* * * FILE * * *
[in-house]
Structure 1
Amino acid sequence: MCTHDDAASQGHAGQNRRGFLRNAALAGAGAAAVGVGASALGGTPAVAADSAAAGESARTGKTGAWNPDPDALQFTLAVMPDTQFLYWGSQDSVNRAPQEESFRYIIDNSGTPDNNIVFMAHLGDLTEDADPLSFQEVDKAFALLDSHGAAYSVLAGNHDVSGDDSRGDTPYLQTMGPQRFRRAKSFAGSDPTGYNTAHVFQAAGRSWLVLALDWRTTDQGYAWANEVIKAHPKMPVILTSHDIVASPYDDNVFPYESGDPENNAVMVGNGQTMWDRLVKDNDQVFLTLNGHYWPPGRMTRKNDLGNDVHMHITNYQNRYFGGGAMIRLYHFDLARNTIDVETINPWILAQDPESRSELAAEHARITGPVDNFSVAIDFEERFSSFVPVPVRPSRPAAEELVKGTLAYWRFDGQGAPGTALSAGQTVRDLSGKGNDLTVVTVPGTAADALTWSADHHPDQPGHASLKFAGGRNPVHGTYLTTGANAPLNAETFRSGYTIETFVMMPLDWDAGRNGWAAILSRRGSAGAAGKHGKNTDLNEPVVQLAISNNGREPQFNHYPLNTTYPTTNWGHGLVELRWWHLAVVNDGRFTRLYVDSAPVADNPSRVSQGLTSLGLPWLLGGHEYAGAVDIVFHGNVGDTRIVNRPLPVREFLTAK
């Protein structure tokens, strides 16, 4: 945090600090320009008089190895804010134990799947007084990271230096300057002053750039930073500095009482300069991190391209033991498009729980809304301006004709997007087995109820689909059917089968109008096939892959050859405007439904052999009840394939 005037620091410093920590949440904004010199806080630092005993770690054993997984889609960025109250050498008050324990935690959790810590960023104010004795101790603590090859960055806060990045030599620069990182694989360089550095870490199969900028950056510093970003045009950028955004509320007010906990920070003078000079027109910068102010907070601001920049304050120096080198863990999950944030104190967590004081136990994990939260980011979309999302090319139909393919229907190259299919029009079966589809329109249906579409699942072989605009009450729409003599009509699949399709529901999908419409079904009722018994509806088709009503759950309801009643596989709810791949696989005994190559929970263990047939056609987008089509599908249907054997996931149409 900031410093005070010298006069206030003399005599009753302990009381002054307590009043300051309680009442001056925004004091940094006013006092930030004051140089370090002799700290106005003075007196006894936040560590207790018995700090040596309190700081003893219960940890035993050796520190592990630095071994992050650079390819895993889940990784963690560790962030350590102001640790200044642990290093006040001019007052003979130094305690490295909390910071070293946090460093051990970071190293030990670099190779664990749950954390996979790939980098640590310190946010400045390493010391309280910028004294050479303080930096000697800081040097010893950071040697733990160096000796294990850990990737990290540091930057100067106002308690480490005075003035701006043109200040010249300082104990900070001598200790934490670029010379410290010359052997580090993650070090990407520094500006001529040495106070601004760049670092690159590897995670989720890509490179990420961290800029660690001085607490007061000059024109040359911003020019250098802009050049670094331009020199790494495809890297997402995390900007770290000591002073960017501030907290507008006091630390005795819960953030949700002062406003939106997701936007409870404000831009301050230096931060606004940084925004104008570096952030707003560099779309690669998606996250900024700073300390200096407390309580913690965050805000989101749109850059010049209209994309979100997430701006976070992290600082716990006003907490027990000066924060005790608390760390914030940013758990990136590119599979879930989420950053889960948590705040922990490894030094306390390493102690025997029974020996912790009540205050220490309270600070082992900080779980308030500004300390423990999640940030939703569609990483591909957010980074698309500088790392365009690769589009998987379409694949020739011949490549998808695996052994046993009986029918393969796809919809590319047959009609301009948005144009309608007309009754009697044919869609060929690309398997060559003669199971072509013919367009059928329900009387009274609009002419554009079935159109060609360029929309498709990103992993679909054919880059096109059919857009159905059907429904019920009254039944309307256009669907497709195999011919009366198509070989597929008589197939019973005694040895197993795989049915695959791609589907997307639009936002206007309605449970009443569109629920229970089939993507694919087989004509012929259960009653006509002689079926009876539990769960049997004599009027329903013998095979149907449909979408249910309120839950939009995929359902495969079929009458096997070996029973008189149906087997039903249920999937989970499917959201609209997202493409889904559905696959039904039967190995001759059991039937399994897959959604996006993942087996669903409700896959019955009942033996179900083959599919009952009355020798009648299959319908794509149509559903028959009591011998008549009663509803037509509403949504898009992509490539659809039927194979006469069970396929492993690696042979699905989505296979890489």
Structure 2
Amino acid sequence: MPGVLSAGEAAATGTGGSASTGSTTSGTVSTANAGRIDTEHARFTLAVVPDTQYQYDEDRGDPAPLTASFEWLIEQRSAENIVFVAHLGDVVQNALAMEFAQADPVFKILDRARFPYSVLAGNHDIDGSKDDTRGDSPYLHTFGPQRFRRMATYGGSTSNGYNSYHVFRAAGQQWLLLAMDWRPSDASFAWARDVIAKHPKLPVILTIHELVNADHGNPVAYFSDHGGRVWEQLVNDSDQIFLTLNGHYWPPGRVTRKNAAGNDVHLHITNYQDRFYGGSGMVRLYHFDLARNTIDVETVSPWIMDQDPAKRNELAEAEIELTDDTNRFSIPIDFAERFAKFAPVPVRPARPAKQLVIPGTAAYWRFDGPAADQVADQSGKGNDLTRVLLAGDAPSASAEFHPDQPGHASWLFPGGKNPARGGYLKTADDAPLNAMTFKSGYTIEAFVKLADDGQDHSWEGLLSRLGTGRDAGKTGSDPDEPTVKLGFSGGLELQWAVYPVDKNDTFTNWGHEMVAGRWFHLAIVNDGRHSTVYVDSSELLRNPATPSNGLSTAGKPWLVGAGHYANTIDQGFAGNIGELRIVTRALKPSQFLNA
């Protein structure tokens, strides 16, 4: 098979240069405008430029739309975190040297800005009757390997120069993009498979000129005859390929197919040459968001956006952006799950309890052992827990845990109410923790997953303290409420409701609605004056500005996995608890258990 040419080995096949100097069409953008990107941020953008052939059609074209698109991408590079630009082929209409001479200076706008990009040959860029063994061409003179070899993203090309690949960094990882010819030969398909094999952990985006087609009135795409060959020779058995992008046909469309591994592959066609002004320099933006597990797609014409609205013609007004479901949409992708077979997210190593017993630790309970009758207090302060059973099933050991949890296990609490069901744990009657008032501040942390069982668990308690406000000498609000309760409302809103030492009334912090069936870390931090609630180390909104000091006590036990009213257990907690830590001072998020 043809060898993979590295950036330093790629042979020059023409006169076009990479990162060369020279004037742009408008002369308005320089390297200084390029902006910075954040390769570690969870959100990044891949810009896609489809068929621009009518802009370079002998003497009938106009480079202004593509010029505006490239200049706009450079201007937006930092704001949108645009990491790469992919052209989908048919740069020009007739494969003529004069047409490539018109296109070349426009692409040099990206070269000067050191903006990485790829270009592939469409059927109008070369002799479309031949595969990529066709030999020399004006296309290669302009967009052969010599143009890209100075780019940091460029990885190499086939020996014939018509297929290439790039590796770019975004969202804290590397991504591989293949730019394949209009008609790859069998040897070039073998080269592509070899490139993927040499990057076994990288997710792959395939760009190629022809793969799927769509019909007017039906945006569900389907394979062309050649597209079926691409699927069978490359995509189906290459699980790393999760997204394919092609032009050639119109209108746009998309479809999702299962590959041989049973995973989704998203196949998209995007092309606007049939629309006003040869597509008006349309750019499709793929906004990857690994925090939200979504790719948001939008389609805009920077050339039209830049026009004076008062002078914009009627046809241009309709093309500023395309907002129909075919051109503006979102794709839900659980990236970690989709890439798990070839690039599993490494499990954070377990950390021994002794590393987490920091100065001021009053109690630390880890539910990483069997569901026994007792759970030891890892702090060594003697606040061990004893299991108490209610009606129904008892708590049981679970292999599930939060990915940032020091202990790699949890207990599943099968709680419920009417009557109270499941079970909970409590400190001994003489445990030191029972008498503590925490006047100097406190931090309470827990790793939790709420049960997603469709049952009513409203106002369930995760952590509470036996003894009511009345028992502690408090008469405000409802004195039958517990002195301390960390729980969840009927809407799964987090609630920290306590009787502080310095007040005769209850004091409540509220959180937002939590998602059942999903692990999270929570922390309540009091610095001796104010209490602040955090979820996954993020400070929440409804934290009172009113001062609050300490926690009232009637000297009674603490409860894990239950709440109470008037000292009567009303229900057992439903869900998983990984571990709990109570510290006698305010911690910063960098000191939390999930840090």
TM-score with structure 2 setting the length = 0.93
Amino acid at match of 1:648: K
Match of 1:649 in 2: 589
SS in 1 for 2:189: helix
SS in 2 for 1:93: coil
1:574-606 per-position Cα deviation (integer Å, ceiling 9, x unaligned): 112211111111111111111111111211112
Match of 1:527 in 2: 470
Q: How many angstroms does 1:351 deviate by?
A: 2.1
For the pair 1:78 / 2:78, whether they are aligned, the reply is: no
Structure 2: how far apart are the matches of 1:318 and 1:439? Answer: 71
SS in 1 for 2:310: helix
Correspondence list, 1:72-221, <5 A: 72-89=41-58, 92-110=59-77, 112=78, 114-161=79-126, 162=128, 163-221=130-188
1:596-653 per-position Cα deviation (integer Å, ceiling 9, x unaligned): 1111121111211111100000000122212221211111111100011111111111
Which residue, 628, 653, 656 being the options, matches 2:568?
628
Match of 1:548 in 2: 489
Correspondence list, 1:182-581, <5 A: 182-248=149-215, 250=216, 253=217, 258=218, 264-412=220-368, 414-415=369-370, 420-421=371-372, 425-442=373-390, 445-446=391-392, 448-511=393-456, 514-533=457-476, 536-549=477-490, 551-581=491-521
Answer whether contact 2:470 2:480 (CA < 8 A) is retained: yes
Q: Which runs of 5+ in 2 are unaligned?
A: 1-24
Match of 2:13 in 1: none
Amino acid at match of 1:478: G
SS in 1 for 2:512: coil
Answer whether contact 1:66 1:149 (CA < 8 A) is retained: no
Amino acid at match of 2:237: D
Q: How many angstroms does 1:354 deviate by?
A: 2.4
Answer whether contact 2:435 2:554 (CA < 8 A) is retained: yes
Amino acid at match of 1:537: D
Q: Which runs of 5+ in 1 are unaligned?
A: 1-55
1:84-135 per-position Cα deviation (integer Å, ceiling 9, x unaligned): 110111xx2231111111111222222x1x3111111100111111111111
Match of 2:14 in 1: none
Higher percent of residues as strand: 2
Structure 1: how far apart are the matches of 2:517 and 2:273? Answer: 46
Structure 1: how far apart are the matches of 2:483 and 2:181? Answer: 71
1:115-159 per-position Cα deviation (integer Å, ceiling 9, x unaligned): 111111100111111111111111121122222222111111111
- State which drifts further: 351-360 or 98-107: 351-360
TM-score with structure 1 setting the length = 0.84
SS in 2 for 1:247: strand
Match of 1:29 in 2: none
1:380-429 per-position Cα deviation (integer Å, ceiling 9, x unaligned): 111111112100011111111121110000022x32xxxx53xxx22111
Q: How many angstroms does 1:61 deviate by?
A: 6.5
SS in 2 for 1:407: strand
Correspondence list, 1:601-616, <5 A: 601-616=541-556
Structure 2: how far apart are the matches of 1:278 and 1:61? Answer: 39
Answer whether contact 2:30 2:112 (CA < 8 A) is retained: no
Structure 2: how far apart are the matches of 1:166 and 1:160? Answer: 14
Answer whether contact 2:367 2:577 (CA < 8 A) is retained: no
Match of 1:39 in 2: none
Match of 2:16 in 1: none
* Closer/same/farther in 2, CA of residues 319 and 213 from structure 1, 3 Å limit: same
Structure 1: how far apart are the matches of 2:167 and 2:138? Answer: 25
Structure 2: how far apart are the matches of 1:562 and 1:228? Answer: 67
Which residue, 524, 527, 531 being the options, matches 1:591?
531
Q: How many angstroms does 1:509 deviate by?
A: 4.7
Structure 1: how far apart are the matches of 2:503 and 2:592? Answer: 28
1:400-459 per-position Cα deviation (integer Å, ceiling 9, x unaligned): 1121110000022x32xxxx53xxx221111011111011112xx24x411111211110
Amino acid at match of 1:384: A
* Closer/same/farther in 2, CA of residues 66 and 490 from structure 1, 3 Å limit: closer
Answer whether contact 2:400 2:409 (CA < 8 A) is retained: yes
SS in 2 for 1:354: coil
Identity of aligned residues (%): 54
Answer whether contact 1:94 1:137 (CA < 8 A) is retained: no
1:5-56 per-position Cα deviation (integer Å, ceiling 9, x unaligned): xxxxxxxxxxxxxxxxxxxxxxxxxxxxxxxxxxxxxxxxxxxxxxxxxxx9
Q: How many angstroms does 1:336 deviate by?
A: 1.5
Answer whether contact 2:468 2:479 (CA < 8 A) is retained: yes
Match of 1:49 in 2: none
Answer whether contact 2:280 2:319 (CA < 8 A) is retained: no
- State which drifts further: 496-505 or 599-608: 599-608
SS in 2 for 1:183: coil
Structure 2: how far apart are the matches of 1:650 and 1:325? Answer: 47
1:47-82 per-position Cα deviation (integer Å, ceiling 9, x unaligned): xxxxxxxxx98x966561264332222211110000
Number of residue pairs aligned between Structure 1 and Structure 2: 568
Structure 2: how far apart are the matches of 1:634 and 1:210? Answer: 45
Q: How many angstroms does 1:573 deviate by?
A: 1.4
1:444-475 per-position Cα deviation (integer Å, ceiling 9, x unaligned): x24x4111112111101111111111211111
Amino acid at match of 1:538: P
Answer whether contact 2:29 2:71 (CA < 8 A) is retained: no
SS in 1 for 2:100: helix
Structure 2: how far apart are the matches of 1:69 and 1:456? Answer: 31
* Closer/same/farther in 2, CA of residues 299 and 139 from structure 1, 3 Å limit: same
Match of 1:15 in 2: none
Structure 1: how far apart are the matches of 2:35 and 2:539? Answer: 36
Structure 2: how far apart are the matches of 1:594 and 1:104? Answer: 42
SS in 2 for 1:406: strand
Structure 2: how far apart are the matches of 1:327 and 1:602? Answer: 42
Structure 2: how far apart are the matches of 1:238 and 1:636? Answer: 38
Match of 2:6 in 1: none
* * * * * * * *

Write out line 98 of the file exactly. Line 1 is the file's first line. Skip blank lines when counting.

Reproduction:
Structure 2: how far apart are the matches of 1:594 and 1:104? Answer: 42